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Current Challenges on the Control of Large Scale Power Systems

Current Challenges on the Control of Large Scale Power Systems

Power system's networks are among the largest and most complex
physical man-made systems. They connect hundreds of million producers
and consumers, cover continents and exhibit very complicated behavior.
As a result, there are many ill-known phenomena caused by the
interaction of a so large number of devices and the large spatial
dimension. The impossibility of knowing information in real time from
remote points of the network prohibits the implementation of any
centralized control of the entire system.

New technologies in control, computers and communications have
allowed the possibility of a future power grid quite different from the
present one. These smart grids will in the near future decrease the
present clear distinction between power producers and power consumers.
During the last 4 years some of these problems were addressed by the
HYCON Network of Excellence funded by the European Commission. The
present work introduces some of HYCON's main results in the control of
large-scale power systems (at production, transmission and distribution
levels) and makes a brief overview about some still open challenges on
this field. It starts by a motivation of the importance of the control
of power systems. This is done by the description of some recent major
incidents (August 14th 2003, US and Canada, and November4th 2006, whole
Europe), and the analysis of their causes, effects and which control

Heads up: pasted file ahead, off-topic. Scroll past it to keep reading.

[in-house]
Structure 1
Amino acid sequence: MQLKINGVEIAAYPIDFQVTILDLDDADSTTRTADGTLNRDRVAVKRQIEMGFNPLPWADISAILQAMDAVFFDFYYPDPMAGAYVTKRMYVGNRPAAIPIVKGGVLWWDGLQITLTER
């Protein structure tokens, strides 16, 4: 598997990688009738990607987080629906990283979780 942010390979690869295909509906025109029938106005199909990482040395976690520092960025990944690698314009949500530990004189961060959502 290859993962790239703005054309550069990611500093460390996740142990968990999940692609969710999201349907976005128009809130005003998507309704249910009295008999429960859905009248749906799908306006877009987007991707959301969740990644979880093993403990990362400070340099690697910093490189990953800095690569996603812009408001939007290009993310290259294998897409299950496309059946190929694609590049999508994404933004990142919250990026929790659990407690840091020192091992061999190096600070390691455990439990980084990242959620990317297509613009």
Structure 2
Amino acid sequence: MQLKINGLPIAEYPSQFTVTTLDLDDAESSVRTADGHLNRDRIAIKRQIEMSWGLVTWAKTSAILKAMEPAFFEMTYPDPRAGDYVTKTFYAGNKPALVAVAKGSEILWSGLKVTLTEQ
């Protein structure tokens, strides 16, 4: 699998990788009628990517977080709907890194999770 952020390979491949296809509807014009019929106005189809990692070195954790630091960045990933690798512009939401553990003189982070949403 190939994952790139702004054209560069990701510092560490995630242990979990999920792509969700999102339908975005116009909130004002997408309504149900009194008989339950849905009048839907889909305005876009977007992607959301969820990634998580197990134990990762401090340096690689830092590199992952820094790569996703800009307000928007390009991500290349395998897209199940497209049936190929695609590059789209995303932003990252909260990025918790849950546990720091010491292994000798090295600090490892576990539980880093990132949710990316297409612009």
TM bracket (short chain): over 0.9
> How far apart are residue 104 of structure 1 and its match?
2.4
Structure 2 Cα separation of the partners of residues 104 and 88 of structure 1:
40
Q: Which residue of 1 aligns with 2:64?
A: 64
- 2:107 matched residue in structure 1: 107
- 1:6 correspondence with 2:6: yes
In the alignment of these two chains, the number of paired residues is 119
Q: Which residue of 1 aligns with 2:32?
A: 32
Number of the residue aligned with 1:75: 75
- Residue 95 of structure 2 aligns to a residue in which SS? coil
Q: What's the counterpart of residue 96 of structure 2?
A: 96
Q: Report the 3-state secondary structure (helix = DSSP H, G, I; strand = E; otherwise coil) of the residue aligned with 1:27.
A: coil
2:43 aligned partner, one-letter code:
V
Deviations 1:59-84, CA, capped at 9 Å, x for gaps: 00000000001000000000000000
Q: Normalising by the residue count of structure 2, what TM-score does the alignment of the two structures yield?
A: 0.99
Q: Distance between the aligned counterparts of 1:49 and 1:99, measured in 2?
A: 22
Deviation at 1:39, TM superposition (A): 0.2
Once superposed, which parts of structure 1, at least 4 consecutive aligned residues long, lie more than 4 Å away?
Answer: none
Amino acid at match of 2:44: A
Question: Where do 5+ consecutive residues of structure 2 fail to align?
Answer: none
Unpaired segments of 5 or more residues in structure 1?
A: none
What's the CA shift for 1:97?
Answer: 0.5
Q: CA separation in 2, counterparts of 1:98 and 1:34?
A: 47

challenges they illustrate. Some of the control challenges studied in
HYCON Network are: Better (larger operation region, more robust) low
level automatic control systems for power generators; Simulation and
verification tools to aid high level decisions; Information gathering
and transmission from different synchronous areas; Distributed control
of energy production from renewable sources; Intermediate energy
storage; Optimized voltage control of electrical power networks

These control challenges have as main sources a series of major
changes occurred in power systems in the last two decades: Connection of
power grids – previously isolated power grids merged in larger systems;
Liberalization of the energy markets – previously monopolistic state
owned companies where privatized; Large-scale introduction of renewables
– 20-20-20 By 2020: to cut 20% of CO2 emissions; 20% energy savings;
and to use 20% of energy production from renewable sources.

On-going changes and/or technologies: New power electronics
development – FACTS; Distributed Generation (simultaneous
costumer/producer duality); are creating new control challenges current
under study: Connection of wind farm and power grid using Flexible
Alternating Current Transmission System (FACTS); Wide Area Measurement
Systems (WAMS); Choice of type, localization (possibly temporary) and
embedded control of Power Electronics Devices; Bi-directional
power-flow, monitoring, pricing and power quality; Virtual/Autonomous
Network modeling; Dynamic demand control.

Finally, this work overviews future changes that may yet
completely re-shape power systems. In particular it may be foreseen the
impacts of large penetration of electrical cars. If a large share of
current fossil power sources are replaced by electrical power in
automobiles, the current power systems would be greatly impacted. At the
same time, such systems could open completely new possibilities if
coupled with current developments as dynamic demand control and roamer
Copyright © 2003—2015 The Laboratory "Control of Complex Systems", IPME RAS